Building upon the last post where I created an Illustrator brush from a simple illustration of a Cosmos flower, I think I’d like to make the image a little nicer. So I’m going to add some gradients to my petals to give them a little extra dimension and some separation from each other. I’m using a simple linear gradient that goes from deep pink to nearly white in the center.¬† I adjusted the colors until I like them, then added some stroked lines over the top in a deeper pink. As before, I expanded the strokes to make them solid shapes. I also changed the stem from three colors to a gradient of green tones. You can see the progression in the images below.

Original flower, lines showing direction of gradients for the petals, final version.

Choices to Make

Because you can’t make a brush directly from an image with gradients, we’ll need to convert the cosmos illustration into another format. I’ve found two ways to do this, each with pros and cons.

Choice 1. Rasterize the image:

Daisy from photograph – made into a brush.

Illustrator comes with various brush packs already installed. One of these is called Image Brush Library. (From the Brushes Panel, click the hamburger menu at the top right, then go to Open Brush Library > Image Brush > Image Brush Library.) Inside the Image Brush Library is a brush that has been created from a photograph of a white daisy. The daisy has been cut out from it’s background and saved as a .png file with a transparent background. Then it has been dragged into the brushes panel and has been made into an Illustrator brush¬† using the same techniques and settings as my last post.

This makes a very nice brush overall, and is a useful technique for turning photos into brushes. And if your photograph is high-quality/high-res, it can be very attractive.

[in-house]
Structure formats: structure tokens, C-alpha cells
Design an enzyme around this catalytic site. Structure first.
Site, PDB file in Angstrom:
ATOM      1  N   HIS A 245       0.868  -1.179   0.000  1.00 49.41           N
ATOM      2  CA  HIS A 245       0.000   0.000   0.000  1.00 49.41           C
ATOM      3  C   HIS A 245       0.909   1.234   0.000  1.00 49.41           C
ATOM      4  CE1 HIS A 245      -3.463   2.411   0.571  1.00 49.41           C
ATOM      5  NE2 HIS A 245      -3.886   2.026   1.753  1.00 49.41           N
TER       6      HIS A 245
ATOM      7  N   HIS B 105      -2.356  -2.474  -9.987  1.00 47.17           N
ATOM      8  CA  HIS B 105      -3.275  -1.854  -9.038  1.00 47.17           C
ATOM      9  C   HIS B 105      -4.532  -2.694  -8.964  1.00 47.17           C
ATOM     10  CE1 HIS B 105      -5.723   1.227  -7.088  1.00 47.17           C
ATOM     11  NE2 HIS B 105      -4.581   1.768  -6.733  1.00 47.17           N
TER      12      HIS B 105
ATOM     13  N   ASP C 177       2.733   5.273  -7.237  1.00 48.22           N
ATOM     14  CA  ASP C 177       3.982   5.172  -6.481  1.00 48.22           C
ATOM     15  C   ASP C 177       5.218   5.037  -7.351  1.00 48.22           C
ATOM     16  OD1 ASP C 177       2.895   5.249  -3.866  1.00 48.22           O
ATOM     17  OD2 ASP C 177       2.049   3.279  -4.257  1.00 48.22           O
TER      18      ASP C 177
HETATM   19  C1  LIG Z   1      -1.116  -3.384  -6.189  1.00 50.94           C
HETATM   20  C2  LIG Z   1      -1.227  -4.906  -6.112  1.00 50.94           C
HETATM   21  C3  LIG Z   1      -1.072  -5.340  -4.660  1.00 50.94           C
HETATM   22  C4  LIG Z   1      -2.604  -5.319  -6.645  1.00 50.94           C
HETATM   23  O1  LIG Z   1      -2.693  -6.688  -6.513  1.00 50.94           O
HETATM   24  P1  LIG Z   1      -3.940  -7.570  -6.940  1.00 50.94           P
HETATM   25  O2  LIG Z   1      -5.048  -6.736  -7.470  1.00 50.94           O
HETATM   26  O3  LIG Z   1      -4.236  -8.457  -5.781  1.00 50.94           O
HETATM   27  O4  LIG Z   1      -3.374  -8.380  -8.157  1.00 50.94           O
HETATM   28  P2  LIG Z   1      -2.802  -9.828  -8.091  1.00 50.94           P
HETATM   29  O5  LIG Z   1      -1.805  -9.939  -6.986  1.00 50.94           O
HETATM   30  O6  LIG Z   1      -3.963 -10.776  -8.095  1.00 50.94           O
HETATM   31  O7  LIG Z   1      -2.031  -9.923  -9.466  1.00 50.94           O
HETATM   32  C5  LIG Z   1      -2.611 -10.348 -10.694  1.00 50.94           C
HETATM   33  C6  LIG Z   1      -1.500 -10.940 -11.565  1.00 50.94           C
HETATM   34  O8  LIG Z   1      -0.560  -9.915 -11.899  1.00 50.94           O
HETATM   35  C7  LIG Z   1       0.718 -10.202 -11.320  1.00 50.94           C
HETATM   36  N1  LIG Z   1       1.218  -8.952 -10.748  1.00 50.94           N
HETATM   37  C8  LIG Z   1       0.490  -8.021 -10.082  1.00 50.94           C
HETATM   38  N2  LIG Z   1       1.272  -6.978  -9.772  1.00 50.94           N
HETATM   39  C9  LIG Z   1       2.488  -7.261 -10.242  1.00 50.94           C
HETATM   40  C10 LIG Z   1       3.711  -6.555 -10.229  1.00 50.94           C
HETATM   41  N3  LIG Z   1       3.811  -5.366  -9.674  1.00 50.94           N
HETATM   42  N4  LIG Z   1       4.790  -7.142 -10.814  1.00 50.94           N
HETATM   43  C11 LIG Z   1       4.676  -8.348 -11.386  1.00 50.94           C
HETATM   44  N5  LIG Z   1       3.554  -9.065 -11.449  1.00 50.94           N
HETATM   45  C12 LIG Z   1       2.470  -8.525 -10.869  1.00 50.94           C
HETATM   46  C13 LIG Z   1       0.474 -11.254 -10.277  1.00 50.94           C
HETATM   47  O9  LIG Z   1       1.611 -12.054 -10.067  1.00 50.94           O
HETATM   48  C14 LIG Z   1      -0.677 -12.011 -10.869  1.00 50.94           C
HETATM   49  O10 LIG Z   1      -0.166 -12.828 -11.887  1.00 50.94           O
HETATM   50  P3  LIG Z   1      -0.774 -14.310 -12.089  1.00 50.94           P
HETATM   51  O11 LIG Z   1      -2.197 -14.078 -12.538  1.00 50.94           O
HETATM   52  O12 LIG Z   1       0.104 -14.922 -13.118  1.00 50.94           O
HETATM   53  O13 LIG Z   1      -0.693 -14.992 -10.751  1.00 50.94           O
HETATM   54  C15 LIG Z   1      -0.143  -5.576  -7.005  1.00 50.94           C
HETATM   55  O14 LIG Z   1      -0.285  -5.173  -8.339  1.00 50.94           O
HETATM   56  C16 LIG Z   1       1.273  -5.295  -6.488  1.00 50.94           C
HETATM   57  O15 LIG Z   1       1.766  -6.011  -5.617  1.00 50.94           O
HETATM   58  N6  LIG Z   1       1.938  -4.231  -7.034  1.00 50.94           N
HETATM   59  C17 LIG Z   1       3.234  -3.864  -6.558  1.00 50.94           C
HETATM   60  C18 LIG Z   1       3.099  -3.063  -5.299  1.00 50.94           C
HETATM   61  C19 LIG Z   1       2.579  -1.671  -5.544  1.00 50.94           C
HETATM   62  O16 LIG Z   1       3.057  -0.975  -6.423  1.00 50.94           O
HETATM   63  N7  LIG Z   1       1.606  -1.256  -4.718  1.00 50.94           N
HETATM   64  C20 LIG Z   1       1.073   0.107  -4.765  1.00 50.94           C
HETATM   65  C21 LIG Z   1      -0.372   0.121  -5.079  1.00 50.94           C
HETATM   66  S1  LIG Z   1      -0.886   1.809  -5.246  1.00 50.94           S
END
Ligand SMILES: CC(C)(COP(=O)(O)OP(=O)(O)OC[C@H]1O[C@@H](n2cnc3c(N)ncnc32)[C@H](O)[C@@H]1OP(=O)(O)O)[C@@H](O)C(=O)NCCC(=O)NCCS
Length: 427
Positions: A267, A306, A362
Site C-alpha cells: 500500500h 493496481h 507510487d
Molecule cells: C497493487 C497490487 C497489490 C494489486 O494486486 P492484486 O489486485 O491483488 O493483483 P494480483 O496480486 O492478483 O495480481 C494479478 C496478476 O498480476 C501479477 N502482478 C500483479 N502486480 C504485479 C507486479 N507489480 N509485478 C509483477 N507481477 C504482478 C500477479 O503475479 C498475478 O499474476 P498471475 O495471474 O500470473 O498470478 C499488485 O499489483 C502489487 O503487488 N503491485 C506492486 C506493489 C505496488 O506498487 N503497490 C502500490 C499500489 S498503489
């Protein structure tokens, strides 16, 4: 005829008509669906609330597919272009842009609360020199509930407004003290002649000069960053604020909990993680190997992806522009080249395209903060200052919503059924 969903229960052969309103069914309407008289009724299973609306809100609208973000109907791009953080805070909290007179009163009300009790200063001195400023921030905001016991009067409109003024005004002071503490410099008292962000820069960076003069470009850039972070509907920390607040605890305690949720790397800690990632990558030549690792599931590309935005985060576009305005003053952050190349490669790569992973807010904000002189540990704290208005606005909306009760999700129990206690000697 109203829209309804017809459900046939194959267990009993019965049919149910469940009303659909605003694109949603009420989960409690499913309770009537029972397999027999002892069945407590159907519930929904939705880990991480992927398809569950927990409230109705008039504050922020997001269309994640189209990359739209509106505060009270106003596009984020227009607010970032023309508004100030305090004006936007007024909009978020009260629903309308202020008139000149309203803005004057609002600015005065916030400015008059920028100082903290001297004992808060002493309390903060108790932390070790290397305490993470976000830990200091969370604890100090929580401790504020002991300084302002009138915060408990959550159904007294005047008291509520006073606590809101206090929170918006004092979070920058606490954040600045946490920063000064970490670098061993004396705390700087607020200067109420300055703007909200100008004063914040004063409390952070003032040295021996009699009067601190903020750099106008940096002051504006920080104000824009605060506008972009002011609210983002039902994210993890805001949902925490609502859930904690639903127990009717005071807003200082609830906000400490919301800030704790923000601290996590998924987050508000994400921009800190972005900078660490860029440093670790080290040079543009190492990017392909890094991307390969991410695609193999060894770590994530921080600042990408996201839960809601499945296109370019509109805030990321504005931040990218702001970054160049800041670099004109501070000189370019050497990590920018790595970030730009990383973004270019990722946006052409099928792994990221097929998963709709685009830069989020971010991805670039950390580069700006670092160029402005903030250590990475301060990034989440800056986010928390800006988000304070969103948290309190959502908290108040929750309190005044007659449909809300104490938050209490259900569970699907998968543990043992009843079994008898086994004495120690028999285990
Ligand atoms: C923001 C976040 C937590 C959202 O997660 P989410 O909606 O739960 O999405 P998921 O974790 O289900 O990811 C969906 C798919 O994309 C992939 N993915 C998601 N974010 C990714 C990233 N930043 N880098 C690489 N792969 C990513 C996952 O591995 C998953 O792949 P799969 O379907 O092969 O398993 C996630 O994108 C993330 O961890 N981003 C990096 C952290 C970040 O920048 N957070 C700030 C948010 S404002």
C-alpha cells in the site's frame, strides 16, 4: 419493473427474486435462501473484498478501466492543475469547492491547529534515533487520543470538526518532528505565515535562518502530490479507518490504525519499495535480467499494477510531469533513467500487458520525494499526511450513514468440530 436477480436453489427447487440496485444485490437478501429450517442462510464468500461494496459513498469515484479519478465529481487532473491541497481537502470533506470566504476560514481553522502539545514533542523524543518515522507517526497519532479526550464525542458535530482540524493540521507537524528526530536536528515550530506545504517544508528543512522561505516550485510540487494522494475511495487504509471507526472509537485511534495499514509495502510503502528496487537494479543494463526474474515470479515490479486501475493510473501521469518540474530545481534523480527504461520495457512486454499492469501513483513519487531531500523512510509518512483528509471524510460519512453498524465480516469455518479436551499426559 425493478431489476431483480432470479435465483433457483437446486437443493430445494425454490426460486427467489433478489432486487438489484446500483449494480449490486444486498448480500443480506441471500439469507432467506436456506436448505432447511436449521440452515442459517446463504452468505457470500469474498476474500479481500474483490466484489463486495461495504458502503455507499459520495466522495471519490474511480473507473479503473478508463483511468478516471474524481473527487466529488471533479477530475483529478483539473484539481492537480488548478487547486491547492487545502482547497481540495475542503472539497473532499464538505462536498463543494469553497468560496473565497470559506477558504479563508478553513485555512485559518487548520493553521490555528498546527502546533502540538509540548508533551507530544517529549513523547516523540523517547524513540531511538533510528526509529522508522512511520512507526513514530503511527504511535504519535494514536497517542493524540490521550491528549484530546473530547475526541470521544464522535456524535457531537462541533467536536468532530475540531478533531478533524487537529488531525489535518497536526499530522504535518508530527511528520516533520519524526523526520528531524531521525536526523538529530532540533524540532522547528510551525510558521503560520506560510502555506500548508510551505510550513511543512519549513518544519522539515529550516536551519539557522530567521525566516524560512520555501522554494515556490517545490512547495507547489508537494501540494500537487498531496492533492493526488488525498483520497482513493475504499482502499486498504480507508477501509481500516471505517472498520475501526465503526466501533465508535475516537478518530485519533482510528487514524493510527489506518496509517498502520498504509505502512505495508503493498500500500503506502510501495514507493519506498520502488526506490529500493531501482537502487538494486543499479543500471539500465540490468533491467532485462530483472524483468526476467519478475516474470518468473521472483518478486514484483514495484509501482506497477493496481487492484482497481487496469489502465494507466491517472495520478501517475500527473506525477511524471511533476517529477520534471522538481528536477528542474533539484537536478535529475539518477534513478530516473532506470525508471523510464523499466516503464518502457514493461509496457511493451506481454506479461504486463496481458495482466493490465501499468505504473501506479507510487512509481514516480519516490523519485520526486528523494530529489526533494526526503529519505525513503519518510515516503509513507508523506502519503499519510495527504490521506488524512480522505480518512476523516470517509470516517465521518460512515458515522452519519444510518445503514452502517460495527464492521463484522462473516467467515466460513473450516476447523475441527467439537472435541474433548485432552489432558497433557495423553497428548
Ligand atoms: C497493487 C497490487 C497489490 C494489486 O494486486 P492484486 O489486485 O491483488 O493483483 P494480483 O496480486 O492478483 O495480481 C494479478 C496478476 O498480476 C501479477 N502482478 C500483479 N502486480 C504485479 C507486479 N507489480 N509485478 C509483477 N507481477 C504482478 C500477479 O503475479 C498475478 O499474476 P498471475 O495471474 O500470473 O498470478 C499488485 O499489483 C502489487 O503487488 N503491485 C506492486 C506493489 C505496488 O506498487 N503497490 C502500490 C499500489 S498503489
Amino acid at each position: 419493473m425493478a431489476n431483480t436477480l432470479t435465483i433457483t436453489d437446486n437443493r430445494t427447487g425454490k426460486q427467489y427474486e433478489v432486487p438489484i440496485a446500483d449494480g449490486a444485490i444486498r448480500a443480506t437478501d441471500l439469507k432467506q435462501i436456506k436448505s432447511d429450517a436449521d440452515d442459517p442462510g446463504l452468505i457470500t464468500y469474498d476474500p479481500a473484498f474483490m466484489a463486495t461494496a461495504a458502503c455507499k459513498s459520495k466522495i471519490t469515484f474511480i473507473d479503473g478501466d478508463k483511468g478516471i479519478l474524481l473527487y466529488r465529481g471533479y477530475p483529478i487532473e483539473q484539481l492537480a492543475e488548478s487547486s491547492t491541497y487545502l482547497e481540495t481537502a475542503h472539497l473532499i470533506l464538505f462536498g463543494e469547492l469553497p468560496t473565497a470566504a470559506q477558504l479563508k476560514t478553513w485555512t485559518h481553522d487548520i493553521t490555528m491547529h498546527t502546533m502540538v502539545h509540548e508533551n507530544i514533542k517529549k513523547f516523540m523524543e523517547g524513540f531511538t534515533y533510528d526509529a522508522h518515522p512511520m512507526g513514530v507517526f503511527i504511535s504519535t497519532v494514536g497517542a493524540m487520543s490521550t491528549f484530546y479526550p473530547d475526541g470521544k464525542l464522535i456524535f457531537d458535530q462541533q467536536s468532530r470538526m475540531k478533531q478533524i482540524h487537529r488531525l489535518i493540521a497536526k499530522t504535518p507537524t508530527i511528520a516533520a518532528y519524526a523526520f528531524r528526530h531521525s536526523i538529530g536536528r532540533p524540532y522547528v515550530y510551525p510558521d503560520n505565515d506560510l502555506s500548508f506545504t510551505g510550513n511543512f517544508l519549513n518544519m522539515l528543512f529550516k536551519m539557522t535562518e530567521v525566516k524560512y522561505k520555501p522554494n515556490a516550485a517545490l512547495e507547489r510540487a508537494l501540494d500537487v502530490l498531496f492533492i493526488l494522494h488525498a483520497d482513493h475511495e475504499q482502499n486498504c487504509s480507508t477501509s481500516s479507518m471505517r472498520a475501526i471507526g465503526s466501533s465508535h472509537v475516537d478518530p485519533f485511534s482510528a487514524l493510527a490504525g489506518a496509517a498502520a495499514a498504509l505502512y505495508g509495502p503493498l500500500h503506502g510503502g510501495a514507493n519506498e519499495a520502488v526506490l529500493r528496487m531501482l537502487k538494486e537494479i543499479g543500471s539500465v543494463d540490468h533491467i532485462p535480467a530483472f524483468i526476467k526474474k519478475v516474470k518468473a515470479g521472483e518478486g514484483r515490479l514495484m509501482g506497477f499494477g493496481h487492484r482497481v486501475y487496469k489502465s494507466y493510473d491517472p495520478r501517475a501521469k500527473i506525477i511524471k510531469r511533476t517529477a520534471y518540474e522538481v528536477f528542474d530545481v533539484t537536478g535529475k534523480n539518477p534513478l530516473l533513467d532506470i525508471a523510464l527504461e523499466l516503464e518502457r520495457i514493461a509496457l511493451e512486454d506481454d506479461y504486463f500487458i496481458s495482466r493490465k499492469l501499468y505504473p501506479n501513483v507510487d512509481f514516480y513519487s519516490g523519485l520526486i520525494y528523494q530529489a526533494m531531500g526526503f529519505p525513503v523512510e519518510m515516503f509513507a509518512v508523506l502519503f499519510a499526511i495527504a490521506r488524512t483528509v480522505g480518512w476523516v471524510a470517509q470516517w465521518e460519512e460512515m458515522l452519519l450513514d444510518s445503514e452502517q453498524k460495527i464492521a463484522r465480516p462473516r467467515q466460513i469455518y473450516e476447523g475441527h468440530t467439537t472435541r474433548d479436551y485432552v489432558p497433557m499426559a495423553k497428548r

To do this with our newly created Cosmos flower image, we would begin by rasterizing.

 

 

Select the entire image, then from the top menu choose Object > Rasterize…..

A dialog box will pop up: Be sure to checkmark “transparent background” and do not add any space around the object. Click “OK.”

A brief dialog box will pop up saying the art is being rasterized (too fast for me to get a screenshot). And then your artwork is ready to pull into the brushes panel. Use the same settings as in my last post, Creating Floral Brushes in Illustrator.

Pros of Rasterized Image Brushes:

  • Easy to make
  • You can use gradient mesh to draw your images because you’re going to rasterize them anyway.
  • Smaller brush file size than vector/expanded gradient brushes

Cons of Rasterized Image Brushes:

  • The edges of the brush are not perfectly smooth and they’re slightly fuzzy. The result is that there is sometimes a white halo around the edge of the image. Depending upon usage, this could be ok from a distance or could be annoying up close.
  • The image contained in the brush can no longer be edited (more about how to do this in my next post).
  • The colors of the brush cannot be as easily and precisely changed (more about this in my next post).

Choice 2. Expand the gradient (into bands of color).

My personal preference is to expand the gradient because it gives me the most creative options when using the brush, and still has nice, crisp edges. The expanded artwork has more anchor points than the original vector artwork, because of the bands of color, making the file size larger. One way to keep file size down is to create as few bands as possible while still maintaining the visual appearance of a smooth gradient. Here’s how it goes:

Begin by selecting your artwork, in this case our Cosmos flower with it’s gradient petals and stem. I like to group everything before expanding, but it’s not necessary. From the top menu choose: Object > Expand. (If you have not yet expanded your strokes, you will have to choose Object > Expand Appearance, and then Object > Expand.)

Next you’ll be asked to specify how many “objects” you want. Essentially the question is “how many bands of color in your gradation?” The range is 0 – 256. The goal is to have the least number of bands while still maintaining a smooth look for your image — the more objects you create, the more anchor points there are to your brush, and the larger the file size. I typically end up in the 25 – 100 objects range. It takes a little trial and error to decide what works best for each image. For this image, somewhere between 50 and 75 seems good (see the comparison picture).

When the image is expanded, you’re ready to drag it into the brushes panel, choose Art Brush, then choose “Scale Proportionately”, arrow pointing downward, colorization “none” — and your brush is ready to use.

In my next post, I’ll discuss ways to change colors and manipulate the “expanded” brushes to give more variety to the resulting images.